Last Thursday 12/1 NGCodec presented at the AWS:ReInvent 2016 conference in Las Vegas and gave a live demo using the new AWS F1 Instance type. We also provided a quote for an Amazon press release and issued our own press release. The session was sold out and had around 350 seats, although some people did leave before I presented.
Four weeks ago Amazon told us confidentially they were going to launch an FPGA Instance and asked us if we would like to create a demo. The challenge was we had little time and we would be the first company to try to use the F1 Instance. We were told we could not tell our investors, including Xilinx, only employees who 'need to know'.
We came up with this 'Moonshot' demo idea:
Live in Las Vegas we would stream HD video in H.264 from an iPhone to the AWS EC2 F1 Instance in the 'us-east-1' data center. In the AWS data center we would decode the H.264 video and then send it to our RealityCodec running on the Xilinx FPGA where it would be re-encoded in H.265. We would then send the H.265 video back to a laptop on stage in Las Vegas. The laptop on stage would then use a software decoder to display in real time. The goal is to show how we could live transcode H.264 to H.265 and halve the bit rate at the same quality.
To deliver this demo was an amazing achievement by 3 different teams working together:
- The AWS F1 Infrastructure team primary located in Austin. They provided the Hardware Development Kit (HDK) and supported the NGCodec team.
- The NGCodec team ported our H.265/HEVC RealityCodec to the AWS F1 Instance and created a plug in for FFMPEG.
- The Cogniance professional services team who we hired to build the supporting cloud software infrastructure for the live transcoding demo. Initially they prototyped with x265 software encoding.
Below you can see a picture from the live demo. When the video from the session is posted I will add the session video below.
NGCodec 15m presentation starts at 28 minutes and 50 seconds into the video.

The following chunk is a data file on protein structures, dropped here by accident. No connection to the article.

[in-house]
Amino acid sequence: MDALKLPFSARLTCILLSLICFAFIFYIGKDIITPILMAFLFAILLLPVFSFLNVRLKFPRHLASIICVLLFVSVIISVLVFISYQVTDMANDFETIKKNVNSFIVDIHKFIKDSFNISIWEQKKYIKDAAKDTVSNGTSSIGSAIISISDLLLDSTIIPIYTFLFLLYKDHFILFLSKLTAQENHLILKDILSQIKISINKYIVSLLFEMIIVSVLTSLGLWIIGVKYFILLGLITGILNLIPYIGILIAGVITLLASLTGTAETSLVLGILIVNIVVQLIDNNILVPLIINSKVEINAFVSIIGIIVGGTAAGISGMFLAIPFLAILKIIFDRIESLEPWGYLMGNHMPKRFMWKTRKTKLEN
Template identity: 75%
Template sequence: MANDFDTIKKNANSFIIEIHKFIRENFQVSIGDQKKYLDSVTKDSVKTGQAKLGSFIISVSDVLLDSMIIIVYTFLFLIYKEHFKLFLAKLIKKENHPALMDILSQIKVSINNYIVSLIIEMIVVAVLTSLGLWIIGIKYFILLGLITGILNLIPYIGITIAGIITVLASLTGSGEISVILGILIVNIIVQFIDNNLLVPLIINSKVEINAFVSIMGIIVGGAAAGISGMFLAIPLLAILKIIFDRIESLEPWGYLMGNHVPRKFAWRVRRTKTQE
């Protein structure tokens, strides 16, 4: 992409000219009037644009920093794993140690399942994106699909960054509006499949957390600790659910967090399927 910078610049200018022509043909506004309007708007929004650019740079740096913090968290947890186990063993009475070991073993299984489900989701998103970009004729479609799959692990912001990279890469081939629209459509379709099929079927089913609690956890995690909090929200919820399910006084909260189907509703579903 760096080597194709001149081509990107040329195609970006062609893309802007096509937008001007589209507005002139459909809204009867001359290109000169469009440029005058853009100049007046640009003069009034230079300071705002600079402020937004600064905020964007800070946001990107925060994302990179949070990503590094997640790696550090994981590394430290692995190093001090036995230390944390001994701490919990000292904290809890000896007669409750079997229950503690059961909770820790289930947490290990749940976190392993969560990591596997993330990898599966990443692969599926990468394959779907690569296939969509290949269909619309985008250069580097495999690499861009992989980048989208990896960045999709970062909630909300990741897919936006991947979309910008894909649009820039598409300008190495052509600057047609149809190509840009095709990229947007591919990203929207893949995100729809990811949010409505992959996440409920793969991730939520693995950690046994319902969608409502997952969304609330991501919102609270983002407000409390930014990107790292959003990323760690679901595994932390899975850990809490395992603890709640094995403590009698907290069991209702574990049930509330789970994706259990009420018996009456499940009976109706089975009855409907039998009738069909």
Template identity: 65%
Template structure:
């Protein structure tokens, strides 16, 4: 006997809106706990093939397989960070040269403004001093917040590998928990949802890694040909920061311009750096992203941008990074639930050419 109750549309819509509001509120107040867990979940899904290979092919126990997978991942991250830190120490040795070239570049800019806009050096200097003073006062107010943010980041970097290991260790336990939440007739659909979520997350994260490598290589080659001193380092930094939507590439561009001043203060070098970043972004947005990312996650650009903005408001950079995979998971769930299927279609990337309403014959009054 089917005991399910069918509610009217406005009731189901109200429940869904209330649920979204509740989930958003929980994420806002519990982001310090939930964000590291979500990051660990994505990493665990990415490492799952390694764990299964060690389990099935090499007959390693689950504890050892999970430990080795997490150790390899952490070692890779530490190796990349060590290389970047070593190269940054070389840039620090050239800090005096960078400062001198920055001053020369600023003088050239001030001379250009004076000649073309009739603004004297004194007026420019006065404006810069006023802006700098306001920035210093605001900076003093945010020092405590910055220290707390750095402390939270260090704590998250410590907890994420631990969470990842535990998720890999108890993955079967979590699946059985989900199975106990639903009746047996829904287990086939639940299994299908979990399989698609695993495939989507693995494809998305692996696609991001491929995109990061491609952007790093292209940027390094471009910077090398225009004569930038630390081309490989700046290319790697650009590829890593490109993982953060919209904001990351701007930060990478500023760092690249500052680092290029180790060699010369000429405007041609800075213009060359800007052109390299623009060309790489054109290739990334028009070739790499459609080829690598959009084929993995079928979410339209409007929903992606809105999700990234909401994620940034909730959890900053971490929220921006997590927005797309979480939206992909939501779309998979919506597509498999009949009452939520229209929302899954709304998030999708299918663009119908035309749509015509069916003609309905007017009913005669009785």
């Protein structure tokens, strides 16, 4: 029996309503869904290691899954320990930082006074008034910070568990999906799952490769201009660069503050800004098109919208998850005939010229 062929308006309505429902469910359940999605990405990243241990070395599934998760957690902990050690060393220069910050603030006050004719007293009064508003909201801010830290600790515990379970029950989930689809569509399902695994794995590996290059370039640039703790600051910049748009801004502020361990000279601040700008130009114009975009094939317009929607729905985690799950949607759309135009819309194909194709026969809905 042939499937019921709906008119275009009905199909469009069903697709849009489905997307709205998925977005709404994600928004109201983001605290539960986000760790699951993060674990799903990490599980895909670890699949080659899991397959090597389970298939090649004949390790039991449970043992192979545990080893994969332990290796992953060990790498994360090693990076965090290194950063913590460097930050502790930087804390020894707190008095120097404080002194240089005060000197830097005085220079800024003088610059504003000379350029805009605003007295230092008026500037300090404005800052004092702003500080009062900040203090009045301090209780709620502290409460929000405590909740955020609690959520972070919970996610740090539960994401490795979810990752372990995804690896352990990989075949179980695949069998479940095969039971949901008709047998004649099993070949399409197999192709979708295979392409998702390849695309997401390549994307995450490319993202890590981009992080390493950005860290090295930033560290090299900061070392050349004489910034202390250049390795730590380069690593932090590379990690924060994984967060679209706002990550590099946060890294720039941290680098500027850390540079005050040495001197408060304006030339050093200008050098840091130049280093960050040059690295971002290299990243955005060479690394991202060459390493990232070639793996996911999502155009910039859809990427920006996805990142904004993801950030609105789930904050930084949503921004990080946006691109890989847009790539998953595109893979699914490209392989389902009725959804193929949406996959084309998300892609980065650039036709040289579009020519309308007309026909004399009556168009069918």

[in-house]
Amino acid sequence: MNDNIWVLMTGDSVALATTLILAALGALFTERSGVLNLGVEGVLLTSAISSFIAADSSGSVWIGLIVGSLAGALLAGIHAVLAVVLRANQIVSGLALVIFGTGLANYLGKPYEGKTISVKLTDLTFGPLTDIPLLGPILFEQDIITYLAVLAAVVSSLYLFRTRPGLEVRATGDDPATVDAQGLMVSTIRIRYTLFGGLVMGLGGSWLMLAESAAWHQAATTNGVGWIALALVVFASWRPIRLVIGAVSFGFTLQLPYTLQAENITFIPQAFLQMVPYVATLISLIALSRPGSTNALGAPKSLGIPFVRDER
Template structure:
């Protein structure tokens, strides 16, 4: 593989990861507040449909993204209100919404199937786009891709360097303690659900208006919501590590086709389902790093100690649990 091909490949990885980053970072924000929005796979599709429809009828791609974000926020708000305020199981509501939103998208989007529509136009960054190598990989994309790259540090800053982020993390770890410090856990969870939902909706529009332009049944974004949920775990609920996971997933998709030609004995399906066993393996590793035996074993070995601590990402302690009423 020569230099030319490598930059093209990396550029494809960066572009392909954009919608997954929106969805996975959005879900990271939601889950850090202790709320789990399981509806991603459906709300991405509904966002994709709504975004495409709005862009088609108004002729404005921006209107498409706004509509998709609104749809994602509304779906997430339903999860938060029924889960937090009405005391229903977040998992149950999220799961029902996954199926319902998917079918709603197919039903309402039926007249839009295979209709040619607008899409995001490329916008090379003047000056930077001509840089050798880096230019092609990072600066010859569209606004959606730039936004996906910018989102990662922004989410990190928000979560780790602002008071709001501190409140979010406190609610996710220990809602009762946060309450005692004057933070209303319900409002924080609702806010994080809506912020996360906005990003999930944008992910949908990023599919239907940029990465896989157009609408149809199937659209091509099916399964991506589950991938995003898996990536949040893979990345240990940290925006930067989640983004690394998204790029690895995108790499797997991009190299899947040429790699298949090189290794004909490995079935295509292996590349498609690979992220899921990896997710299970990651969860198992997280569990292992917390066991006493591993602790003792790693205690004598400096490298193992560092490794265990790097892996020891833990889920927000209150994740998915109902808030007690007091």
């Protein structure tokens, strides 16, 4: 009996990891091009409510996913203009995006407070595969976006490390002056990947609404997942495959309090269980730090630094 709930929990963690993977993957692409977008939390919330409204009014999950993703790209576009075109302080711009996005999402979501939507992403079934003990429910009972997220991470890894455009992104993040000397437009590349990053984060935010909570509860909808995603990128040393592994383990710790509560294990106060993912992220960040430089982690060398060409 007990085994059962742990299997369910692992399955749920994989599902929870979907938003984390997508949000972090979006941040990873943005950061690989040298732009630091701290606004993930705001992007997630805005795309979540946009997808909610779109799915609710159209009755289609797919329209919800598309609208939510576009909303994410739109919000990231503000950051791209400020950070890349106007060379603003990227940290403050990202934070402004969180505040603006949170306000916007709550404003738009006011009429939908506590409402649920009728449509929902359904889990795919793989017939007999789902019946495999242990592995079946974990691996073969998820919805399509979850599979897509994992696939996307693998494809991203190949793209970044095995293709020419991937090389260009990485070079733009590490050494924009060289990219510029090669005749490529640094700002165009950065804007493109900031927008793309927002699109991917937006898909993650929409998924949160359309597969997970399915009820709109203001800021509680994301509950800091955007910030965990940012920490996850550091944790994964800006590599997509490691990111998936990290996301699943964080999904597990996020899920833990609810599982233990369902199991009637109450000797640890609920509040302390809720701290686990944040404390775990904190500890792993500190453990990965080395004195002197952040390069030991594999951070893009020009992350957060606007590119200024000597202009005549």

Just visible is my iPhone 7+ on the podium in front of the speaker. It is using the front facing camera to capture the speaker in HD. We used the BroadcastMe App to stream the HD H.264 footage to AWS. On the screen on the right you can see the output from the laptop. The video is using H.265 and if you look very closely you can see the NGCodec water mark below my head which is inserted by the FPGA RealityCodec.
A few hours before the scheduled demo time of 11.30am the demo was still not working. Our collective teams had been working night and day, Including Thanksgiving weekend to try to get it to work. Luckily in the final hours it started to work. Initially I got a single frame and then video a few hours later. It was an amazing achievement given the short amount of time and the early access to the F1 Instance type that we succeeded just in time.
Below you can see a picture of part of the NGCodec team working in our Lab, which was taken on the Thanksgiving weekend. If you look closely you can see an F1 Instance hardware board. Amazon Austin team was also working as we had many support calls with them over the weekend.
I would like to conclude by thanking the three teams for their incredible amount of passion and effort to ultimately deliver the worlds first demo on an Amazon F1 Instance.
P.S. If you want to learn more about the technical challenges then please leave a comment and we will try to write a new technical blog post.